For being a “small” Chinese city of almost 500,000, Qingzhou had a really neat city museum! Located just south of the river that divides the city, adjacent to Fangongting park, the museum includes many artifacts from local archaeological digs. This area of China was the capital of the Qi dynasty around 500 A.D. Royal tombs and grave sites have been discovered full of historic treasures. I must say we were pleasantly surprised by the number of displays and the interesting lay out.
Like many museums, Qingzhou museum takes a chronological look at China, displaying ancient, basic tools and then slowly working forward through history. Along with the chronological displays, there was a painting gallery, a few large stone sculpture and tablet galleries, and a special Buddha exhibit. Since museum posts are always kinda boring, here’s a few pictures of some of my favorite pieces:
Qingzhou museum is definitely not completely handicap/stroller accessible. The exhibits were on the first and second floors of three buildings built into a square shape (the entrance/ gift shop completing the square, all opening up into a center courtyard. There was an elevator in one building, but in order explore the museum in the right order, we ended up toting the stroller up and down a few flights of stairs. It was worth it though- we walked over from our hotel, and Owen fell asleep and napped peacefully while we took in the art and culture. The ceramic figure (left) was part of a huge collection of ceramic figurines of humans and animals that were included in a royal burial pit. It was interesting to see what animals were included in the burial. Throughout the museum, there were a few signs in English, so we knew a little about what we were looking at, but nothing in detail. I’m guessing that English-only visitors don’t come through all that often.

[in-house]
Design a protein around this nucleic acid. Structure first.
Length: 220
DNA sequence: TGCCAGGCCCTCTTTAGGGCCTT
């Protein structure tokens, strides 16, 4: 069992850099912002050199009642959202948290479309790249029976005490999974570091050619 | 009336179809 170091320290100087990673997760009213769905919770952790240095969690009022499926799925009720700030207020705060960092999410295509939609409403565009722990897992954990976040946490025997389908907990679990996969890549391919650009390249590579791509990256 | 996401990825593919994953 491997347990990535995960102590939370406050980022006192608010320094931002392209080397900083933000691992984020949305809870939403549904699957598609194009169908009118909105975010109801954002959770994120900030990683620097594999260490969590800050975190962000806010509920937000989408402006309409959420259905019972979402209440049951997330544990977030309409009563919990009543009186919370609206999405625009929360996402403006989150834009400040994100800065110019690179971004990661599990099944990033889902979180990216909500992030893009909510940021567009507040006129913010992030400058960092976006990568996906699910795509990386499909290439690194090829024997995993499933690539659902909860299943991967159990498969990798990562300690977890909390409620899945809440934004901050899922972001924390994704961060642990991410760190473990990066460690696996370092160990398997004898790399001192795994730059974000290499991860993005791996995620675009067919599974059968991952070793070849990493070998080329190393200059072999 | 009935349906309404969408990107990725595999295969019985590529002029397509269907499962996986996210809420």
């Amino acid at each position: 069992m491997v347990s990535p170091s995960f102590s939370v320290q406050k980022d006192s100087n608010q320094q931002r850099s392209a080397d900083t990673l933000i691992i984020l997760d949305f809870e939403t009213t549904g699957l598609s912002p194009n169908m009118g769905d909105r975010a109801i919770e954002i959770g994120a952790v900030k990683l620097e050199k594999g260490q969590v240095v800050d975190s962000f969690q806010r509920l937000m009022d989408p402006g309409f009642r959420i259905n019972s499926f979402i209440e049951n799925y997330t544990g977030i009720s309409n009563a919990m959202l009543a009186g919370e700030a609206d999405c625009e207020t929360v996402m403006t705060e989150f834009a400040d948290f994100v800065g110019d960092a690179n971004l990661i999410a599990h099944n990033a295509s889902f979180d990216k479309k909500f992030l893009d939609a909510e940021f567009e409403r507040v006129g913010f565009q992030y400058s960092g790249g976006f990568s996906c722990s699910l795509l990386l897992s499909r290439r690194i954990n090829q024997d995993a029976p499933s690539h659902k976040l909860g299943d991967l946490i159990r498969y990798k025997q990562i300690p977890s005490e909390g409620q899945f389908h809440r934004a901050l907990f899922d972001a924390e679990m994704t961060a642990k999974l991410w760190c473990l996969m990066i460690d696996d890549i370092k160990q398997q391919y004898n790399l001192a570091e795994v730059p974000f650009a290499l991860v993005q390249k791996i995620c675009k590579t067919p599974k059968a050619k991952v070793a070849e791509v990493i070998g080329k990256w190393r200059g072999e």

The most notable exhibit in the museum, and my favorite, was the Budda exhibit. I had never seen carved Buddhas with elaborately painted clothing before. Typically the Buddha is all one color- gold or stone or whatever it may be. These Bddhas had colorful clothing and gold accents- it was amazing that they were this well preserved. All of the Buddhas looked so pleasant with their smiles. I like the Chinese smiling Buddhas!
After finishing the chronological journey through the museum (excluding the latest era, which we skipped because Landon was done), we went on to the stone sculpture halls, which were all in one building. There were animal sculptures, but also many stone tablets with writing on them, commemorating battles, war heroes, important scholars and rulers. I thought about how young the USA is compared to China, and how there is nothing comparable to these stone tablets for Americans. Although we could not read the tablets, I thought about how cool it would be to e able to read it and understand the characters that were written over 2,500 years ago!
If you find yourself in Qingzhou, China, take an hour or so and visit the Qingzhou museum. The painted, carved Buddhas are worth it all on their own, but there are many interesting things in their collection. The layout is a little confusing, but just explore every room in every building to catch all of the exhibits. This colorful gate marks the entrance to Fangongting park. It was wonderful to take a walk in the park after visiting the museum.